Fig. 2. Metabolism of carbofuran by wild-type, cured and transconjugant strains of strain MS2d. MS medium containing carbofuran (0.25 mM) was inoculated with wild-type strain MS2d (11); a cured derivative, MS2dC (A) or a transeonjugant strain, TC1, (e) obtained by mating MS2d with MS2dC; carbofuran phenol accumulated in flasks moculated with strain MS2dC (A); carbofuran an unmoculated flasks (). Carbofuran and carbofuran phenol concentrations were determined by HPLC. Data are the mean of three replicate samples. Deviations from the mean of less than 5% were omitted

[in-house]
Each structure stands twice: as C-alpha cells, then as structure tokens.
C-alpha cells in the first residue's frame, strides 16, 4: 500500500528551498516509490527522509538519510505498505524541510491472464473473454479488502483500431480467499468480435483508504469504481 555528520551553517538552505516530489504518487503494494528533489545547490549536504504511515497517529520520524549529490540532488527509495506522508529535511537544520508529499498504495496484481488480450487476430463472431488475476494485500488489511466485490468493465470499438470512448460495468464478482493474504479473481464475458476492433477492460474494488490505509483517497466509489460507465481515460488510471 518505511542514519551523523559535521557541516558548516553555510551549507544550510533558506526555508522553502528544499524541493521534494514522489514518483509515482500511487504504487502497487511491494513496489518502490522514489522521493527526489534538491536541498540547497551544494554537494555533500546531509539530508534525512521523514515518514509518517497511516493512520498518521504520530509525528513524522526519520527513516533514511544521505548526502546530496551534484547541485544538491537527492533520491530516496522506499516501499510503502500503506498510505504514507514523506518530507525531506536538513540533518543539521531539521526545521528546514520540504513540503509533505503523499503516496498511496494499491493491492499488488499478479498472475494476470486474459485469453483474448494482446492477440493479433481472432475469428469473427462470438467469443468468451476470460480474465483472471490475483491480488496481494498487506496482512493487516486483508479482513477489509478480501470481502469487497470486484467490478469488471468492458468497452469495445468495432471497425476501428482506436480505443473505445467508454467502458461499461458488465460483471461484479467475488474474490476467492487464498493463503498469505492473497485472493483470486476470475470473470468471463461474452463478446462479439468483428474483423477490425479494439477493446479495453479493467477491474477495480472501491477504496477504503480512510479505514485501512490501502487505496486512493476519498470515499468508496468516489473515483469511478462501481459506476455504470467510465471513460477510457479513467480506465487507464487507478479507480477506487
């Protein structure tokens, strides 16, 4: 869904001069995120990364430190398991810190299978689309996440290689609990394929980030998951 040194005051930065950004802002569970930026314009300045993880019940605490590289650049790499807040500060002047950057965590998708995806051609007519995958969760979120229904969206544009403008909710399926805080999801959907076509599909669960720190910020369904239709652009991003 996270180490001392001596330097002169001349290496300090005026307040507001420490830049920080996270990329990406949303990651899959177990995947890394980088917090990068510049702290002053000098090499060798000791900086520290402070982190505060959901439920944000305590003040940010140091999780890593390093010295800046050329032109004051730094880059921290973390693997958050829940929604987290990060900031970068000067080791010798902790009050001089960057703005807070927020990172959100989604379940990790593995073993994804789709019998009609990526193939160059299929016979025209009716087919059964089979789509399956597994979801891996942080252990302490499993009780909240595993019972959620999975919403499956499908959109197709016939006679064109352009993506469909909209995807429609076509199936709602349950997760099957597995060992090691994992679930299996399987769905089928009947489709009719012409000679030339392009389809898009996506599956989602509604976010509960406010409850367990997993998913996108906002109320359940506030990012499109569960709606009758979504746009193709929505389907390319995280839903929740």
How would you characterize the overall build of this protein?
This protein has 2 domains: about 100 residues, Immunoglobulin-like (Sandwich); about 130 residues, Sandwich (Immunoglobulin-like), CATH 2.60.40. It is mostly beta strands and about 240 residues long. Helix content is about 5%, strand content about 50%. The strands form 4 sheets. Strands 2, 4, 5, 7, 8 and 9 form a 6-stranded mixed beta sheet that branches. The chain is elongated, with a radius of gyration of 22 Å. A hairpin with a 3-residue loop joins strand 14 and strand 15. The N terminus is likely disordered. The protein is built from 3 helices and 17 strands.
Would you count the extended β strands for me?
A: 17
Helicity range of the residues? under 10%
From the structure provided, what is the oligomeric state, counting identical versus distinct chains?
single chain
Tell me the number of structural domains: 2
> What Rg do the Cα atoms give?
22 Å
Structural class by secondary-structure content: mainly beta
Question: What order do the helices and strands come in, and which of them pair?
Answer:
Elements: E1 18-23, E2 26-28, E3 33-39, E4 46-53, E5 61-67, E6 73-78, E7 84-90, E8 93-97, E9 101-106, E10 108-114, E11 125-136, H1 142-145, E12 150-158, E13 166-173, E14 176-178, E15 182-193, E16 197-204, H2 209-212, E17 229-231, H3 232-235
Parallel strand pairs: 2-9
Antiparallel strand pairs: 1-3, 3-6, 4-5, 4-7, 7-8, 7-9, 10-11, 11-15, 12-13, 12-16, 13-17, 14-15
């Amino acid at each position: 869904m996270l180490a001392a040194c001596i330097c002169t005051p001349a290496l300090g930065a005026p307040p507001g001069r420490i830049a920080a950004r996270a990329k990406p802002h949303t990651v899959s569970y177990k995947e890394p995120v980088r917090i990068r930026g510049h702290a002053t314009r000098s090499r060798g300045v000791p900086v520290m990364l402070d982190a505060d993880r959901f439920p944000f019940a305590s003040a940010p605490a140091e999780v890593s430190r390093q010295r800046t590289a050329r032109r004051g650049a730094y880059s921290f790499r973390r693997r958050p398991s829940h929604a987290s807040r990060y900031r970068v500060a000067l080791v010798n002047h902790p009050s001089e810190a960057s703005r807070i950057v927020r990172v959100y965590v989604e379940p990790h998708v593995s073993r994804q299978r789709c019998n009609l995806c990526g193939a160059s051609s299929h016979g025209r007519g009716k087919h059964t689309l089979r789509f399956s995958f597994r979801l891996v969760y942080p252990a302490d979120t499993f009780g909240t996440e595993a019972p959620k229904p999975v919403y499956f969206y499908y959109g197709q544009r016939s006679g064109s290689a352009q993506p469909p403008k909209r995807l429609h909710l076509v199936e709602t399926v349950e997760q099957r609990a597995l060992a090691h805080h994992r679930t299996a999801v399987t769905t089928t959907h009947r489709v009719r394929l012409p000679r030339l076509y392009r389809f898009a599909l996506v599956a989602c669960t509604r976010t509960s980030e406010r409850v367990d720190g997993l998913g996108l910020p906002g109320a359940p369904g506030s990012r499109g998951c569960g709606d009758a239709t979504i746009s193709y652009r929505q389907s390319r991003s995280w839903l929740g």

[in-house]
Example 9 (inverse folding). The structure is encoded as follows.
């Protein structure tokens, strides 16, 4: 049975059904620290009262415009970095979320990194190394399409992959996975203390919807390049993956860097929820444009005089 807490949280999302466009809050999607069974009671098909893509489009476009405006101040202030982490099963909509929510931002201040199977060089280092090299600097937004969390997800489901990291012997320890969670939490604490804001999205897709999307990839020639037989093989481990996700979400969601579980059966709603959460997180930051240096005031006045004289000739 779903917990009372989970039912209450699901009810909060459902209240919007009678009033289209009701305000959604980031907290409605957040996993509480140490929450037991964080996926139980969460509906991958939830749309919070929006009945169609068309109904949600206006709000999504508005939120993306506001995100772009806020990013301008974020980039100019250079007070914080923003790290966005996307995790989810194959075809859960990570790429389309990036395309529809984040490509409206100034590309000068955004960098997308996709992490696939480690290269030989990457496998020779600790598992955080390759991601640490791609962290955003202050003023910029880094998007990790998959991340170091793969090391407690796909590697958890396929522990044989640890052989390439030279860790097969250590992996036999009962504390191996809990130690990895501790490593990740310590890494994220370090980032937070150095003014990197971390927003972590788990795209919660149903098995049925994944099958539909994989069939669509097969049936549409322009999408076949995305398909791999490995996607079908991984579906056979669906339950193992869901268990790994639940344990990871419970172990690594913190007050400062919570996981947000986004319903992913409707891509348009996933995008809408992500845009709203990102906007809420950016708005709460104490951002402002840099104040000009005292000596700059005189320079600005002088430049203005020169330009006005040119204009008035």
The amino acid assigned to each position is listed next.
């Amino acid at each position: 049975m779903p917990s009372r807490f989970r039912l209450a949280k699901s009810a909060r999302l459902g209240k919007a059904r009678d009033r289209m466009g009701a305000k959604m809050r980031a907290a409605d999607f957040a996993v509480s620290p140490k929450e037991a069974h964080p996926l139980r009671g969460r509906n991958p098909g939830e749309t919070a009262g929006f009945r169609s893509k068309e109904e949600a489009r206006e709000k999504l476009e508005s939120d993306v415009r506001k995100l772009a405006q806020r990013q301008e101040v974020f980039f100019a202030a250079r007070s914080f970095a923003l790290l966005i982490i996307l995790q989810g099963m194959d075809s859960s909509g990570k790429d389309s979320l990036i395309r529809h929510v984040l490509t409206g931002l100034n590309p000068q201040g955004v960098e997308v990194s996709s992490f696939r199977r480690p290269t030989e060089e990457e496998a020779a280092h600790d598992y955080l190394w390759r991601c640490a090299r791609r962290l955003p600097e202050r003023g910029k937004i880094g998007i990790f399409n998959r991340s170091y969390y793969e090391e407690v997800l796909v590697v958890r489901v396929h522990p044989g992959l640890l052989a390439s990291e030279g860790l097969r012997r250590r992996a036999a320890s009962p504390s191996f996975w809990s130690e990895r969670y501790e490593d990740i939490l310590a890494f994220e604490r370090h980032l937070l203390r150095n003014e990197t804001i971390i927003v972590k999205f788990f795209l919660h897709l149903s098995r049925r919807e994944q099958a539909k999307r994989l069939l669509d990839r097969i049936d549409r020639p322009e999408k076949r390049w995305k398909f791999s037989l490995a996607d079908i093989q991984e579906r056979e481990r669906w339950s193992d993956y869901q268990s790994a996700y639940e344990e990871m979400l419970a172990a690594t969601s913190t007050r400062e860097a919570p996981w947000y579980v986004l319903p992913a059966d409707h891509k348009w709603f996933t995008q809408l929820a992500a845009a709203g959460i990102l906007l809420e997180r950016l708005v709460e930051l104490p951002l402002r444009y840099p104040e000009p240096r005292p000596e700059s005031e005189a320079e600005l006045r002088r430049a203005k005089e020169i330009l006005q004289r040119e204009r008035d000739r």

at the expense of carbofuran from wild-type MS2d to rifampicin resistant derivatives of cured strains. Transfer 'frequencies were low (1.84 _+ 0.12 x 10 -7 transconjugants per recipient) but greater than the frequency of spontaneous rifampicin resistant donor cells on mineral salts agar with carbofuran provided as the sole source of carbon and energy and containing 100 mg rifampicin/1, or the reversion of cured strains to wild-type phenotype. Neither of these events were ever detected but rifampicin resistant mutants of MS2d could be obtained on YP agar, with added rifampicin, at a frequency of 1.70 +_ 0.32 x 10 -8. The ability to grow on carbofuran phenol could not be transferred to plasmid-free Escherichia coli JM83 or Pseudomonas putida PAW130 (data not shown). Degradation of carbofuran by wild-type, cured and transconjugant derivatives of strain MS2d, which regained the ability to degrade the insecticide without accumulation of carbofuran phenol, is shown in Fig. 2. Carbofuran hydrolase ( C F H +) activity was never lost as a result of any of the curing procedures used. The patterns of loss and transfer of carbofuran phenol degrading phenotype (CFP +) suggested plasmid involvement in metabolism of the insecticide. When lysates of wild-type, cured and transconjugant strains were examined for the presence of extrachromosomal DNA, complex plasmid patterns were revealed. One plasmid,